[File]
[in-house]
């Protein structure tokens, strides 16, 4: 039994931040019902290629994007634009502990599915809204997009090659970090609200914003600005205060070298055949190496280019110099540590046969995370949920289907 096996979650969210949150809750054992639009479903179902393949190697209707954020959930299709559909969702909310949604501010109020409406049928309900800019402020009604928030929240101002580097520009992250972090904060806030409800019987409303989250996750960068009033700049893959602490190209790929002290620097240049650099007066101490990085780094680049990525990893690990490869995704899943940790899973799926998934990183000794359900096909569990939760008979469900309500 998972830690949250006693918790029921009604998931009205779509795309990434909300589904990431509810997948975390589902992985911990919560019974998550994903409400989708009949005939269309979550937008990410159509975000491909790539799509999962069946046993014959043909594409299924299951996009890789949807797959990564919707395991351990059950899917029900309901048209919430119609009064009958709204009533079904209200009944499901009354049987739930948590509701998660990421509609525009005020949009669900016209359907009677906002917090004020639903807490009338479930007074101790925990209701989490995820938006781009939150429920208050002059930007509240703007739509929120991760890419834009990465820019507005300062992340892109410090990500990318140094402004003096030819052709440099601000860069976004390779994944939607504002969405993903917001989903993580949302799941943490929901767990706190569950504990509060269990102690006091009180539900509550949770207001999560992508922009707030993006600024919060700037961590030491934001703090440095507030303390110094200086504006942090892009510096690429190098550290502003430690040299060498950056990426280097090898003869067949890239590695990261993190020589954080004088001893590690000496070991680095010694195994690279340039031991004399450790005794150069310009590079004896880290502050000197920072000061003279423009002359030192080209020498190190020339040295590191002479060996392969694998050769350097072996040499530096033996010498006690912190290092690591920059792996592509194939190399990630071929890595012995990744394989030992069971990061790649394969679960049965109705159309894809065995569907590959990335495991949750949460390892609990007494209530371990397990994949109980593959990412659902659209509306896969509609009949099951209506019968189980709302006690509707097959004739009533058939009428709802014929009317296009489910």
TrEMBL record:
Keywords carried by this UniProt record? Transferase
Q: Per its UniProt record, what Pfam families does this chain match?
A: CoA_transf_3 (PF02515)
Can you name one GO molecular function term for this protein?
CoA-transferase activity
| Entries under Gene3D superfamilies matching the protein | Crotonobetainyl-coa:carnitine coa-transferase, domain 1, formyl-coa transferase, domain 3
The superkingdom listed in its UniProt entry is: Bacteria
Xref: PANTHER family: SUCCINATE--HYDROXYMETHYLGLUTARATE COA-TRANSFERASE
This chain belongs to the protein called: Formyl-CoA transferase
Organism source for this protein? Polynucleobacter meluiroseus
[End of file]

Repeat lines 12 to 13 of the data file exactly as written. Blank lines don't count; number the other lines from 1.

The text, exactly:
This chain belongs to the protein called: Formyl-CoA transferase
Organism source for this protein? Polynucleobacter meluiroseus